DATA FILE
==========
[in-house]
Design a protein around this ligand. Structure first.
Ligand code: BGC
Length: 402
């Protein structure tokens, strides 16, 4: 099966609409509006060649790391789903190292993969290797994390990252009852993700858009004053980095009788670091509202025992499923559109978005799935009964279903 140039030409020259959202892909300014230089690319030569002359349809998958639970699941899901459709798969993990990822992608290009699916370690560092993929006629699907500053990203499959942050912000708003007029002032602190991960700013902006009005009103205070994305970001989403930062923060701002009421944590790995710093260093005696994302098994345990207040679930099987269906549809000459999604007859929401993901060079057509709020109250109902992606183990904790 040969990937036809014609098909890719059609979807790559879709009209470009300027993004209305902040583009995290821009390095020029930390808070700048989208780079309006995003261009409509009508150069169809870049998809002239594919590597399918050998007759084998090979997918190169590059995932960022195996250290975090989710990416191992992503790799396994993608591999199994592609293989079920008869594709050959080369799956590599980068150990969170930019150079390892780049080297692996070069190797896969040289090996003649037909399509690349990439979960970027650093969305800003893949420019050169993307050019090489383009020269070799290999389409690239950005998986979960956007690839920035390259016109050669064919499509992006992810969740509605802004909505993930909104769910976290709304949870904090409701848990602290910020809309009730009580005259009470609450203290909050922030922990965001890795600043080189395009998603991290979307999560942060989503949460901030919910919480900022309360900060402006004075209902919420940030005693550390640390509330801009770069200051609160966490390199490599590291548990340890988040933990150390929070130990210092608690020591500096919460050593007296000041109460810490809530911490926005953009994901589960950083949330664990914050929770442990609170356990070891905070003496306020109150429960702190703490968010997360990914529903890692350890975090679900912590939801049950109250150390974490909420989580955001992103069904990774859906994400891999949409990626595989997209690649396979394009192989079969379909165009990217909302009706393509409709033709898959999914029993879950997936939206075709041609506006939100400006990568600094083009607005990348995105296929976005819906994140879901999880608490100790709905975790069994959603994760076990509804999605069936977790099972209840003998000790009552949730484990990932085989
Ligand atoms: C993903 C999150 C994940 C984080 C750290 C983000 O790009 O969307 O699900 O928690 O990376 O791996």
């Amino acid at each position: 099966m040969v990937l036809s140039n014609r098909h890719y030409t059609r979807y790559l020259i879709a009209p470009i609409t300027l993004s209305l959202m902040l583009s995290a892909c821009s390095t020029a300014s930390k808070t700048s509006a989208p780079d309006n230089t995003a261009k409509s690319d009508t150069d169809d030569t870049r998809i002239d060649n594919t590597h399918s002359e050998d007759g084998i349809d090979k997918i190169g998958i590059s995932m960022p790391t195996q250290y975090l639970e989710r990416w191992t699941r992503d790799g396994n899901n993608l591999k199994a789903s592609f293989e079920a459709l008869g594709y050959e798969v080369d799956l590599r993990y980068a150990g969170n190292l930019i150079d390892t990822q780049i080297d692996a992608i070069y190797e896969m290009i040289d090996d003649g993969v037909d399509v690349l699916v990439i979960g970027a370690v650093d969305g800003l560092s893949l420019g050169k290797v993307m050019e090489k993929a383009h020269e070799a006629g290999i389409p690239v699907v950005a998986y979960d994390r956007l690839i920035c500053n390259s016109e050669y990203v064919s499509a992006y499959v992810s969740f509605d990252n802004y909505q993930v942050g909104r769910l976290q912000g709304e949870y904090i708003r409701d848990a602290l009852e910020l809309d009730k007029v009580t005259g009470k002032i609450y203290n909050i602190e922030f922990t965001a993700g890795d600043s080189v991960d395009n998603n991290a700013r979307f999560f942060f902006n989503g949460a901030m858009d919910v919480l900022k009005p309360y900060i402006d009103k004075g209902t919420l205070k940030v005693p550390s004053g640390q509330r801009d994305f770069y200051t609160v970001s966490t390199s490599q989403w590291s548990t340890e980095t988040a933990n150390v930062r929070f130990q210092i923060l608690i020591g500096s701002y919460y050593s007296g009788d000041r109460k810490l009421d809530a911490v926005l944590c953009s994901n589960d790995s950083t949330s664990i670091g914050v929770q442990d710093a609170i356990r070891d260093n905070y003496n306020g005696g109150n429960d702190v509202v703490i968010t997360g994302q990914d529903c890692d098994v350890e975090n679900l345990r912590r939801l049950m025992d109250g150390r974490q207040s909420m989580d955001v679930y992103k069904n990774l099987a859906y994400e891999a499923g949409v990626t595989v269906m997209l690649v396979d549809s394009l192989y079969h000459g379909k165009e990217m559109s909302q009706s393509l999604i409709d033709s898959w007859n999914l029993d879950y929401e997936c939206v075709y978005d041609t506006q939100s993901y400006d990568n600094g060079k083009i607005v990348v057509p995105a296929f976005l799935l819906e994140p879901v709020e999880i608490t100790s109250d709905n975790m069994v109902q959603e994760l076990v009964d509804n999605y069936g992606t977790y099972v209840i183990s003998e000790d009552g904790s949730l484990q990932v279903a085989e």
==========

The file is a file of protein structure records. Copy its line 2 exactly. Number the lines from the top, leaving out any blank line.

Design a protein around this ligand. Structure first.